Halloween with a Conscience: Honor Your Feminist Ancestors in Costume


Each year, both men and women have three basic choices for Halloween.

1.) Go costume-less, maybe with a nod to the day by wearing all black, or wear a t-shirt that says “Costume”:

“Halloween means nothing to me, and I’m sure-as-hell not going to make an ass out of myself….again.”

2.) Go all-out, and start hand-sewing the costume the day after last year’s Halloween, like you’re preparing to join a professional samba school for Carnival:

“Halloween, or Samhain, as it should be called, is the best day to honor the dissolving of the walls between the material world and the spiritual world. That is why I have brought dried sage to burn for all of you.”

(full disclosure: I’m allowed to make fun of this, because it was my Celtic ancestors who were probably dancing around naked in the woods…)

3.) Throw something together, either kick-ass or lame-ass, really doesn’t matter at this point, a scant two hours before the office party: “I worked 80 hours last week, not including overtime, and didn’t really have time to plan for this, but I’ll be damned if I’m the only one without a costume this year.”

I’d like to encourage you to go with options b) or c). All kidding aside, option b) might actually be the best (even if you’re too late for the obsessive planning-ahead component), because it speaks to the actual meaning of the day. Samhain, which predates All Hallow’s Eve, was traditionally a time for reflection and meditation on death, and a way to honor one’s actual or spiritual ancestors. It’s basically an opportunity to celebrate those who lived before you. Which makes it an ideal time to remember those many women and men who have made a significant difference to later generations of women, chiefly in the areas of race, class and gender equality and opportunity. I’m thinking of the great feminists from around the globe, not only the ones with whom we are familiar. Consider this: You can’t walk out of the door in costume on Halloween without somebody asking, “Who are you supposed to be?” Let’s give others something to think about, by going as (in no particular order):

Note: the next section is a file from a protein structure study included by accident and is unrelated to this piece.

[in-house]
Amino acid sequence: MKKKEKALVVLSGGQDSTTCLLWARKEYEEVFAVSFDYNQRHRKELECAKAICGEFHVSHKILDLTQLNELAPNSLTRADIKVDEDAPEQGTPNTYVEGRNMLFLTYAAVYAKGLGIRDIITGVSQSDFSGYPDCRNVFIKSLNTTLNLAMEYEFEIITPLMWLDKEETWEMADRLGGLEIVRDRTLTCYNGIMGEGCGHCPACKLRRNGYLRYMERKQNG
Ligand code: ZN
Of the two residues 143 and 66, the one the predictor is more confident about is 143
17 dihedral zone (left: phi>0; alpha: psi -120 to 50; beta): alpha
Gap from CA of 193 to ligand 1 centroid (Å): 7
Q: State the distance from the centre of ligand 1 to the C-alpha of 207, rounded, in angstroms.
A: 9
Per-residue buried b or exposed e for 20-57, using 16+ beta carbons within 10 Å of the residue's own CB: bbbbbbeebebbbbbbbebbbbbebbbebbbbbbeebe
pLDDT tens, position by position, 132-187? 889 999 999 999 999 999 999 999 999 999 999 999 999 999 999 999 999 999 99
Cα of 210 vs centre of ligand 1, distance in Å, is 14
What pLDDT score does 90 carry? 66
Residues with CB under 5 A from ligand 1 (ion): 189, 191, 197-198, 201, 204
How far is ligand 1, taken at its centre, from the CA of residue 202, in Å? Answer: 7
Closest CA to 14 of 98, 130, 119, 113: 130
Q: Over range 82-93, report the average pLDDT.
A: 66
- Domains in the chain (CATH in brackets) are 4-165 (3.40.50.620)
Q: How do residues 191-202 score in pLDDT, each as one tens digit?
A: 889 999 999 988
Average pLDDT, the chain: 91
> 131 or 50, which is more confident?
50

• Ida B. Wells-Barnett (1862-1931), African-American anti-lynching crusader, suffragist.
  • Dolores Jiménez y Muro (1848-1925), Socialist reformer of the Mexican Revolution.
  • John Stuart Mill (1806–1873), English philosopher, women’s rights advocate.
  • Lovisa Arberg (1801–1881), first woman doctor and surgeon in Sweden.
  • Concepcion Arenal (1820-1893), founder of the Feminist movement in Spain.
  • Mariama Bâ (1929–1981), Senegalese author and feminist against polygamy.
  • Christine de Pizan (1363–c.1430), late medieval author who challenged misogyny.
  • Tomáš Masaryk (1850–1937), leading Czechoslovakian proponent of women’s rights.
  • Hiratsuka Raichō (1886–1971), political activist and pioneering Japanese feminist.


I’ve purposely chosen individuals who may not be household names but who’ have certainly changed the world in which we live. If you “go” as one of them, or some other notable figure, you’ve got an opportunity to start a real conversation. So let’s have fun today, be true to one’s self and our spiritual ancestors.


Happy trick-or-treating!

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